Fortunately, I am in possession of copies of several of the destroyed documents. On 7 February 2008, I participated in a CRTC public hearing on the Canadian Television Fund, a program operated as a partnership between industry and government; a 'partnership' which has been exploited by industry and central to the unjust enrichment scheme. At that time, I recommended a judicial review of the corporate welfare affair, and announced the launch of Mediascam.com (view). I issued a press release later in that day to address the inaction by Prime Minister Harper on the issue for more than two years (view). While several international news sources picked up the release, including Reuters, Fox, AOL, and Forbes - Canadian media companies did not report the story, which is related to a scam requiring millions of citizens to subsidize shareholders of Canadian media companies (Mediascam).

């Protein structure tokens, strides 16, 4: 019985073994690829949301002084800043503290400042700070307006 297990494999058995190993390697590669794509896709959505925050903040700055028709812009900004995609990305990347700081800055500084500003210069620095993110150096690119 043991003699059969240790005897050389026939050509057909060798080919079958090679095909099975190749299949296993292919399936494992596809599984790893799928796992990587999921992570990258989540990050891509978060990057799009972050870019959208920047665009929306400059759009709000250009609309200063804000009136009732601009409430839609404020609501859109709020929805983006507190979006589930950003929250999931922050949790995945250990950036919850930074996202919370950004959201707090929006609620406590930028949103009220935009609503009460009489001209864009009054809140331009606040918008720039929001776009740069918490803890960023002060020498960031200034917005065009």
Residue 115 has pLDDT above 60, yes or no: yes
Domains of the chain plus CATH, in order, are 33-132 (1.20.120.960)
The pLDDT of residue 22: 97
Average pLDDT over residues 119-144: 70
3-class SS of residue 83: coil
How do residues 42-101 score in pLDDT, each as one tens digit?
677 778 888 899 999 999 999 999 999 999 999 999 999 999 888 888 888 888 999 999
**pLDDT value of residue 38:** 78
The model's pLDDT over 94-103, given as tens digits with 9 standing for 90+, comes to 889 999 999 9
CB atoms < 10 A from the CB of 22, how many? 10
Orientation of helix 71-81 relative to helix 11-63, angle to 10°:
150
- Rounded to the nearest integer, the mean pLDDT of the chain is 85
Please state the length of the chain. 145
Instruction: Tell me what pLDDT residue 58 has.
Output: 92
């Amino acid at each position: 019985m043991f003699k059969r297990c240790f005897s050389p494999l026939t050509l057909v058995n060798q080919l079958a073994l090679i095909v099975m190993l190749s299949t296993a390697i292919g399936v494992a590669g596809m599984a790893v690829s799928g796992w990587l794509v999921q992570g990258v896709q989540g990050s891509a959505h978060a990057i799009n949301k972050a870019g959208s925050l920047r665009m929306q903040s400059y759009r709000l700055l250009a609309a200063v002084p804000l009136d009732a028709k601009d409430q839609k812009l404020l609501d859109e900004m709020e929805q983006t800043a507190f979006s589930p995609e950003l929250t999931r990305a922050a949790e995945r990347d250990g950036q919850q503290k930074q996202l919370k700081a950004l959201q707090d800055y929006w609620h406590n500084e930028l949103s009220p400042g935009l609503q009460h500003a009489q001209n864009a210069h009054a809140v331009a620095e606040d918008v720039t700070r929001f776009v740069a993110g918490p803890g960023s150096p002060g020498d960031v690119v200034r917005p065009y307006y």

Less than 24 hours after I publicly addressed the matter at the CRTC hearing, Ms. Libby Davies (Vancouver East, NDP) raised questions to the Government in Parliament respecting Mediascam. The Honourable Jim Abbott (Parliamentary Secretary for Canadian Heritage) claimed that the Harper Government had already referred the issues raised by Ms. Davies to the CRTC (Hansard, 39th Parliament, 2nd Session. 8 February 2008). The statement made by Mr. Abbott was false; the Conservative Government did not ask the CRTC to look into Mediascam as part of its current review of the Canadian Television Fund. The saga continues and Canadian democracy is still missing in action.
This website is a work in progress. Additional material will be added shortly. Furthermore, it is important to stress that not all cable operators participated in the scheme and it does not involve any small cable systems.
In addition, I want to acknowledge the tremendous help of Liberal MP Dan McTeague during 1995-99 on this matter. It is a matter of record that the Hon. Dan McTeague has done more to try to stop this corporate welfare scam than all other elected representatives combined since 1995.
Note-Toronto Star articles on this website are reproduced with the permission of Torstar Syndication Services.